Cinema Review: Portrait of a Lady on Fire – Céline Sciamma


Posted 7 months ago in Cinema Reviews

Director: Céline Sciamma

Talent: Noémie Merlant, Adèle Haenel, Valeria Golino, Luàna Bajrami

Released: 28 February

Restraint is the word which springs to mind in Céline Sciamma gorgeously evocative French historical drama. Coiled around the relationship between a painter and her subject, it teases and lingers whilst never loosing site of the unerring gaze cast upon beauty. The accomplished director (Tomboy, Girlhood) slowly layers and reveals her creation with delicate brushstrokes.

At the outset we witness an artist named Marianne (Noémie Merlant) undertaking a difficult sea voyage to reach an aristocratic family’s remote Brittany estate. There she encounters Héloïse (Adèle Haenel) who is on the cusp of being married off to a Milanese nobleman. Before the deed is done, her would-be-suitor requests a portrait. This is a task which has eluded previous artists tasked by her mother (Valeria Golino). Reference is drawn to the cliff-fall death of Héloïse’s sister who was about to be married. The family’s young maid, Sophie (Luàna Bajrami), believes this was to avoid that sentence. The relationship between Marianne and Héloïse must, at first, be couched in terms of walking companion but once trust is slowly earned, it evolves into something more carnal and forbidden.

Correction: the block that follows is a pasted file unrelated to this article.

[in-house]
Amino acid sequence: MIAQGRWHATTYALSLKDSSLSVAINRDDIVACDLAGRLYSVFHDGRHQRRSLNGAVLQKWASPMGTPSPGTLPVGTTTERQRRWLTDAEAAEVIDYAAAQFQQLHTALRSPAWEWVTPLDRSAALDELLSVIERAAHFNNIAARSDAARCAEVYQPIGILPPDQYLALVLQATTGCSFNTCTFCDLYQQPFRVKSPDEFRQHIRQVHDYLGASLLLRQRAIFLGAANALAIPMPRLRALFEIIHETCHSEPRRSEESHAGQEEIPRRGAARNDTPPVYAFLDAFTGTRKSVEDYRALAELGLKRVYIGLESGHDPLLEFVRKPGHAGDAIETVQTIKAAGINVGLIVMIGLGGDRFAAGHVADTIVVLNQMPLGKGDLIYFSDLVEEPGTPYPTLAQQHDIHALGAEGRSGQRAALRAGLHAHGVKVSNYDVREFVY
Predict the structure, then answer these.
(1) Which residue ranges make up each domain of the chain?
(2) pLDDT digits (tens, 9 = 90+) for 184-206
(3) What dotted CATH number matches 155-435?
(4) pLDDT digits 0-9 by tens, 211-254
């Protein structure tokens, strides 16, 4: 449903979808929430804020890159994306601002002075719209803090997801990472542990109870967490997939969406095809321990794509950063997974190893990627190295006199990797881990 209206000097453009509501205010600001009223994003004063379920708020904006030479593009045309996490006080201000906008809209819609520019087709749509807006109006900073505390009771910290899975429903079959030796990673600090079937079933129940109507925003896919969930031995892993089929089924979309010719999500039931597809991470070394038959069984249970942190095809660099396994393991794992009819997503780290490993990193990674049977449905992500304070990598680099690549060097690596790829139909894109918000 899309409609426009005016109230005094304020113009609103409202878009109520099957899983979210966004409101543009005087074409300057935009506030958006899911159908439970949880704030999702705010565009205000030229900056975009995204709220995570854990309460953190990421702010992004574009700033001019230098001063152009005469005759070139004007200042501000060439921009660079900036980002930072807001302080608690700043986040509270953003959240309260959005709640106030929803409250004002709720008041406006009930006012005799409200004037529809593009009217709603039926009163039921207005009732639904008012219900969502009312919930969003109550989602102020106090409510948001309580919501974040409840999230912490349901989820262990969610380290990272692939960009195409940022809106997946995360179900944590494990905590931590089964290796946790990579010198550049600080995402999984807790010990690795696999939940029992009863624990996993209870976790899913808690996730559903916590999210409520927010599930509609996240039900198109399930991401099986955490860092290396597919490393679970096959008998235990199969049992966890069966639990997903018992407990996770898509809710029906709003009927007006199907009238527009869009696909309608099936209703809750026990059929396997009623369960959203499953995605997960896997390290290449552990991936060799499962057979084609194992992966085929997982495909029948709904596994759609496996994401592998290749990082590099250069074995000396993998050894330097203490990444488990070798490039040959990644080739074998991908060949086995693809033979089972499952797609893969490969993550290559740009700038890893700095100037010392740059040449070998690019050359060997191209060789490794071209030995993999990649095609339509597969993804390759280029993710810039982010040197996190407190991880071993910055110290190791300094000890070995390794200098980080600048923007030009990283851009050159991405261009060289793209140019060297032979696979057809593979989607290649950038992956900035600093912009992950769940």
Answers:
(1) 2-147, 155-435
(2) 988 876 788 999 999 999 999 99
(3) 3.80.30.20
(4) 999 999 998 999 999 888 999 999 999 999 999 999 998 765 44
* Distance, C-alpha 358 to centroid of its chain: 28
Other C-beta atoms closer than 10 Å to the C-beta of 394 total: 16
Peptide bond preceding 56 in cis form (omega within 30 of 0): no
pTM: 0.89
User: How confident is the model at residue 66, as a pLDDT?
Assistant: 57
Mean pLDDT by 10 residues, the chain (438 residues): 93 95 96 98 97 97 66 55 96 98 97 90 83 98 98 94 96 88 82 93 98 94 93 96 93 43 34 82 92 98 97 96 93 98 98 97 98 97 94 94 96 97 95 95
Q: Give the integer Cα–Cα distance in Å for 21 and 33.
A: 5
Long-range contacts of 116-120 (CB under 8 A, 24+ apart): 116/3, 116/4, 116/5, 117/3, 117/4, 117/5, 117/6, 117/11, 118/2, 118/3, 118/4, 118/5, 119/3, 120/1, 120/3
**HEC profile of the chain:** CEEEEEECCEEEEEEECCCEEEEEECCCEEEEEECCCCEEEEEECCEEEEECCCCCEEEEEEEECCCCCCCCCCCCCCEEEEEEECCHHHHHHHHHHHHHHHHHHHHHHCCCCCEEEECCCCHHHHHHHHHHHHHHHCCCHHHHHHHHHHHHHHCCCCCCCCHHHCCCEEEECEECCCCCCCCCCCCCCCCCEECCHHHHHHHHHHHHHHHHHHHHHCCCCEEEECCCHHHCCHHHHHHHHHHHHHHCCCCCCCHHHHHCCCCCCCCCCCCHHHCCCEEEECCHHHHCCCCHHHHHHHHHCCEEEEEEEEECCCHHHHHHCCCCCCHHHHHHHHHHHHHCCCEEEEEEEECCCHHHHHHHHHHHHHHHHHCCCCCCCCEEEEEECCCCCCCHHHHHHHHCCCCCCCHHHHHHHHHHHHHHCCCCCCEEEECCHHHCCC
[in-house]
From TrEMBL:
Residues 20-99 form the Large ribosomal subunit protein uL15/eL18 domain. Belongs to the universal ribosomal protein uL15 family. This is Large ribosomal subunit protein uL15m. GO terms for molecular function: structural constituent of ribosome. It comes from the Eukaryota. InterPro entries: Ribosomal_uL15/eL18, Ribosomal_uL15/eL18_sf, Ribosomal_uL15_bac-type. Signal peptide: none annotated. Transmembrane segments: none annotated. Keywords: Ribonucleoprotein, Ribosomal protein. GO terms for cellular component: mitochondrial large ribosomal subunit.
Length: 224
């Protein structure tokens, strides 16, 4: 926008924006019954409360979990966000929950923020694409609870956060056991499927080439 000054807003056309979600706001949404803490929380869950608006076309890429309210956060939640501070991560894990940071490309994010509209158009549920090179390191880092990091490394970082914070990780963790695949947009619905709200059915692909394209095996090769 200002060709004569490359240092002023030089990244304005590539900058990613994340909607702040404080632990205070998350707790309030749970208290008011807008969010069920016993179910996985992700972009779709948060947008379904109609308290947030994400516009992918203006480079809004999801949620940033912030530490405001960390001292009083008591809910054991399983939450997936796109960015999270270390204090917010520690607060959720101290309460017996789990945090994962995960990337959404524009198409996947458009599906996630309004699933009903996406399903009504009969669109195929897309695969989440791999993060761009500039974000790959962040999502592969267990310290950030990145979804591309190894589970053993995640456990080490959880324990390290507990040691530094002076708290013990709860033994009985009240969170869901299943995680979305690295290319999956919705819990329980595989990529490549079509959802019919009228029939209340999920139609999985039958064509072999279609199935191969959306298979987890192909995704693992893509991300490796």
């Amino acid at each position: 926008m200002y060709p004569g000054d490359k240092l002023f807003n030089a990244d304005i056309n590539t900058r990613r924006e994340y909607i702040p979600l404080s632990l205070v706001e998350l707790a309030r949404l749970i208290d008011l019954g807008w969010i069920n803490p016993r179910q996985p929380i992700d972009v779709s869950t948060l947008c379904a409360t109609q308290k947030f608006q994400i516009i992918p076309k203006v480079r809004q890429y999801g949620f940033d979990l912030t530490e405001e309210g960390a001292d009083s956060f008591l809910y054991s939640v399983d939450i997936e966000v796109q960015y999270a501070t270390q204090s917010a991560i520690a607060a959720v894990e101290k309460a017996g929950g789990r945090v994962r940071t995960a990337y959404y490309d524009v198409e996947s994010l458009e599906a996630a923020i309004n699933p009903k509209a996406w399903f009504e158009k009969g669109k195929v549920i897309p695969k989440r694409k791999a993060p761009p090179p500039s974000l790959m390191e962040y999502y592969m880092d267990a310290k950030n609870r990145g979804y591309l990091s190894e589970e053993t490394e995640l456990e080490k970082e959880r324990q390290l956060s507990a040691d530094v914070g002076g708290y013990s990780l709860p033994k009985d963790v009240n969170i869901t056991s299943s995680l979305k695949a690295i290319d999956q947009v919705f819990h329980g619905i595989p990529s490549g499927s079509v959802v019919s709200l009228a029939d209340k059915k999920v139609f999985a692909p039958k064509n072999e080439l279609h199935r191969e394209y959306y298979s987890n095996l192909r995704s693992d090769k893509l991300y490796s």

What Sciamma does so fantastically is build a tale of attraction and desire which is corsetted by its times. The story is set as a flashback when Marianne is asked about the painting in a class by one of her students. It’s a brief, but all-engrossing, dalliance from her past.

Always elegant and with rivulets of sub-plots exploring women’s place in art and society, Portrait marks a career high watermark for Sciamma. It picked up Best Screenplay in Cannes but lost out to Ladj Ly’s Parisienne banlieue movie Les Misérables for Oscar representation which means it is packing less heat than it deserves prior to release. However, all cinephiles worthy of this title will see this spectacular portrait in time. The female gaze has never been so alluring.

Words: Michael McDermott

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